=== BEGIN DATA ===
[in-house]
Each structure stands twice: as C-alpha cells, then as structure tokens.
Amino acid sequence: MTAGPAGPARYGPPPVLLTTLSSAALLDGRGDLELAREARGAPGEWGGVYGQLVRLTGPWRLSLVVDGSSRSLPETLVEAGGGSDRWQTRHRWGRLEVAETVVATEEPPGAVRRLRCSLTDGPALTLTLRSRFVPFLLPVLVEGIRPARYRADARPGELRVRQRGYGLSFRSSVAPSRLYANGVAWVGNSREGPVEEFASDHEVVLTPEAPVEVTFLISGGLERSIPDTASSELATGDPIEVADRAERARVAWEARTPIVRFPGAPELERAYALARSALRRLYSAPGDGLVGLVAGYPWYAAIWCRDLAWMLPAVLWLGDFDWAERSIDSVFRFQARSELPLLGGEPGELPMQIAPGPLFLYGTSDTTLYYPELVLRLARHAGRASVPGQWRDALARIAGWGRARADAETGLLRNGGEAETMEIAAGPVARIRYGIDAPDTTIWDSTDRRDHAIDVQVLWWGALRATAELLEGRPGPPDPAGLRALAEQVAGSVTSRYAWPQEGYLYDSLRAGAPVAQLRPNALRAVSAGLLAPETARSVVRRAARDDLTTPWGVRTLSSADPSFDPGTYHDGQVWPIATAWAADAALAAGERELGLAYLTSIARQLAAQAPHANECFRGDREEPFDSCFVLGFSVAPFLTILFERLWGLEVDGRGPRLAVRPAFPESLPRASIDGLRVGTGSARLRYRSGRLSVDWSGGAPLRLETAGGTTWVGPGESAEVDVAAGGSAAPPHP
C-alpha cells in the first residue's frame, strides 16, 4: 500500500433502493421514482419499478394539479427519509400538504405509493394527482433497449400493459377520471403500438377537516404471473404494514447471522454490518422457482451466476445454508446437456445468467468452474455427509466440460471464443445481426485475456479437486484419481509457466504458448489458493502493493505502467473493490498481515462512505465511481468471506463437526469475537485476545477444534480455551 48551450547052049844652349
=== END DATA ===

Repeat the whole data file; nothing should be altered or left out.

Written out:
[in-house]
Each structure stands twice: as C-alpha cells, then as structure tokens.
Amino acid sequence: MTAGPAGPARYGPPPVLLTTLSSAALLDGRGDLELAREARGAPGEWGGVYGQLVRLTGPWRLSLVVDGSSRSLPETLVEAGGGSDRWQTRHRWGRLEVAETVVATEEPPGAVRRLRCSLTDGPALTLTLRSRFVPFLLPVLVEGIRPARYRADARPGELRVRQRGYGLSFRSSVAPSRLYANGVAWVGNSREGPVEEFASDHEVVLTPEAPVEVTFLISGGLERSIPDTASSELATGDPIEVADRAERARVAWEARTPIVRFPGAPELERAYALARSALRRLYSAPGDGLVGLVAGYPWYAAIWCRDLAWMLPAVLWLGDFDWAERSIDSVFRFQARSELPLLGGEPGELPMQIAPGPLFLYGTSDTTLYYPELVLRLARHAGRASVPGQWRDALARIAGWGRARADAETGLLRNGGEAETMEIAAGPVARIRYGIDAPDTTIWDSTDRRDHAIDVQVLWWGALRATAELLEGRPGPPDPAGLRALAEQVAGSVTSRYAWPQEGYLYDSLRAGAPVAQLRPNALRAVSAGLLAPETARSVVRRAARDDLTTPWGVRTLSSADPSFDPGTYHDGQVWPIATAWAADAALAAGERELGLAYLTSIARQLAAQAPHANECFRGDREEPFDSCFVLGFSVAPFLTILFERLWGLEVDGRGPRLAVRPAFPESLPRASIDGLRVGTGSARLRYRSGRLSVDWSGGAPLRLETAGGTTWVGPGESAEVDVAAGGSAAPPHP
C-alpha cells in the first residue's frame, strides 16, 4: 500500500433502493421514482419499478394539479427519509400538504405509493394527482433497449400493459377520471403500438377537516404471473404494514447471522454490518422457482451466476445454508446437456445468467468452474455427509466440460471464443445481426485475456479437486484419481509457466504458448489458493502493493505502467473493490498481515462512505465511481468471506463437526469475537485476545477444534480455551 48551450547052049844652349